Go to the Globe and Mail homepage

Jump to main navigationJump to main content

Liberal MP Marc Garneau holds up papers as he speaks about cuts to the census during a press conference in Ottawa, Wednesday July 14, 2010. (Adrian Wyld/THE CANADIAN PRESS)
Liberal MP Marc Garneau holds up papers as he speaks about cuts to the census during a press conference in Ottawa, Wednesday July 14, 2010. (Adrian Wyld/THE CANADIAN PRESS)

Globe Editorial

Flawed arguments for census changes Add to ...

The federal government has advanced a number of arguments to justify the abolition of the long-form questionnaire in the 2011 census in favour of a new voluntary "National Household Survey." Each claim is flawed, faulty or incomplete, and together they display a misunderstanding of the nature and purpose of census-taking, and a worrying approach to governing.

Tony Clement has made three assertions or suggestions. The first is that the National Household Survey, to be sent to 33 per cent of

households (the long-form questionnaire goes to just 20 per cent), will be just as accurate.

But while surveys are inherently statistical, the census is primarily a counting exercise.

The census has its own sampling procedures to ensure data accuracy. But those problems can be man-

aged. According to a Statistics Canada technical report on sampling in the 2006 Census, "calibrating sample estimates to known population counts as part of the census weighting procedures helped to reduce the impact of biases."

Voluntary surveys, on the other hand, are known to create much larger biases, with lower participation from the poor, the very rich and aboriginals. These generate results that do not reflect the population and require adjustments.

These biases are harder to detect without a good base of objective knowledge. Increasing the sample size, from 20 to 33 per cent, is irrelevant; cancelling the long-form census removes that objective base.

The long-form census also creates reliable data that is the basis for almost all other major sampling exercises in Canada.

Ivan Fellegi, chief statistician of Canada for 23 years, said that the sampling for the Labour Force Survey, which generates unemployment statistics, is based on long-form census data.

And if the long-form questionnaire is abolished, it will be hard to compare the data to past censuses.

In other words, the new survey cannot use the same standards as past censuses, nor can it deliver the same level of data accuracy, and it compromises future surveys.

Mr. Clement has stated that the long-form census questionnaire has generated many privacy complaints.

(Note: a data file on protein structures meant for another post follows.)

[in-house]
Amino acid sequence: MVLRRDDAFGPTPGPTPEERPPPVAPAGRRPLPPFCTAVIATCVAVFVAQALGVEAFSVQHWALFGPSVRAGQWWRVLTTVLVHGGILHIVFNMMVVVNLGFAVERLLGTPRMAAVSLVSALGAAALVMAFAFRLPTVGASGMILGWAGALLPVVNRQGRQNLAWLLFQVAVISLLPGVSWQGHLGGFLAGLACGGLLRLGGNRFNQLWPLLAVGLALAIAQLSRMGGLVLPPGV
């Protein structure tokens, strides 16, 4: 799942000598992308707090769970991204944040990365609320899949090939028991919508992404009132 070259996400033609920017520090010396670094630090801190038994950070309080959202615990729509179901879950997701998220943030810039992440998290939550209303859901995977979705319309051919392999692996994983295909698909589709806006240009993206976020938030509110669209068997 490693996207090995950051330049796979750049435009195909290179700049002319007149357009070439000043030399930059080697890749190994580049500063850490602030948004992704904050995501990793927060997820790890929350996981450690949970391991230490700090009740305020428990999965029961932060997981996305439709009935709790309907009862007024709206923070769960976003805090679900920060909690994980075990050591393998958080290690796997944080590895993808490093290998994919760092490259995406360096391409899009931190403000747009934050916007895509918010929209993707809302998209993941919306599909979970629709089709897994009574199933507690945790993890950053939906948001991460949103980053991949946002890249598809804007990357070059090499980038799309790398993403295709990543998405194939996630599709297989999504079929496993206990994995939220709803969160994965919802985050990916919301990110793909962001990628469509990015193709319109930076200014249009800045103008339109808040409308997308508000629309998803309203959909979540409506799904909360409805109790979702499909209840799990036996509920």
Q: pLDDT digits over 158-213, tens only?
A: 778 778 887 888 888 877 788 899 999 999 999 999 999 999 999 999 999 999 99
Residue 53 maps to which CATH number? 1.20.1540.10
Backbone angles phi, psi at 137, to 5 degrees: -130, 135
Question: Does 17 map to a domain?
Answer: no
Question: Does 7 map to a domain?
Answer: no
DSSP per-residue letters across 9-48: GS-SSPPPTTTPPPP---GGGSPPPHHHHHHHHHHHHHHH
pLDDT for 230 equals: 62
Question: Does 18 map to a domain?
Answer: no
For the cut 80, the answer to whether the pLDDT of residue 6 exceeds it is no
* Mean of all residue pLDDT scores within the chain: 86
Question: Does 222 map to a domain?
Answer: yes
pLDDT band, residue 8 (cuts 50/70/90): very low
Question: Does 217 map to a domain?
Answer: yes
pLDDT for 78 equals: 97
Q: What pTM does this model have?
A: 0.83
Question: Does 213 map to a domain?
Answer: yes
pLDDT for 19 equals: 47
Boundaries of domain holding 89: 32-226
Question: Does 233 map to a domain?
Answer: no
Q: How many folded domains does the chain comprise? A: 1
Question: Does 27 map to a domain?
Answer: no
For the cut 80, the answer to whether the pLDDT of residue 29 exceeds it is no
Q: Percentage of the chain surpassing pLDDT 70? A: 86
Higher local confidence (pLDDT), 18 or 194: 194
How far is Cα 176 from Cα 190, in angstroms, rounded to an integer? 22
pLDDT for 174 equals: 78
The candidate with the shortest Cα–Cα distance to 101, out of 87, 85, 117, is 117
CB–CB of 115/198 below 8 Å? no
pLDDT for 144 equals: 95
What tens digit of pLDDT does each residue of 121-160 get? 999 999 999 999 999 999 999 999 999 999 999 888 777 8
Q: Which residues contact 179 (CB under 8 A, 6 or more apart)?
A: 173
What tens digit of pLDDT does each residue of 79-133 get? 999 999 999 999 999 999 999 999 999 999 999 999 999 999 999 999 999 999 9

Canada's Privacy Commissioner has received just three complaints in the last two censuses. The House of Commons has no record of any petition tabled by an MP about these concerns. Nor has it come up in private members' statements.

In addition, governments still do mandatory "intrusive" surveys. The Labour Force Survey is mandatory. The Canada Revenue Agency requires disclosure of all sources of income.

And completion of the 2011 Census of Agriculture is also mandatory; failure to participate can lead to a fine or prison.

That census requires a report on the area of fields irrigated, the number of live honeybee colonies hosted and the incurred cost of veterinary services, to name just three examples, of every farm in Canada.

Finally, Mr. Clement said that Statistics Canada vouches for this new process.

However, the agency itself refused to go on the record in support, saying, "Statistics Canada is not in a position to answer questions on the advice it gave the Minister in relation to recent statements the Minister has made."

If it fully supports the measures, Statistics Canada should be forthcoming with its explanation and analysis.

Taken together, the government's arguments fail to justify the course chosen.

These are not abstract considerations. The elimination of the long-form questionnaire will result in losses across many areas of Canada's public life, well described by academics and policy-makers.

Yet the federal government has yet to offer any reasons for getting rid of it that can stand up to scrutiny. And that is no basis for public policy of any sort.

Report Typo/Error

Follow us on Twitter: @GlobeDebate

Next story




Most popular videos »

More from The Globe and Mail

Most popular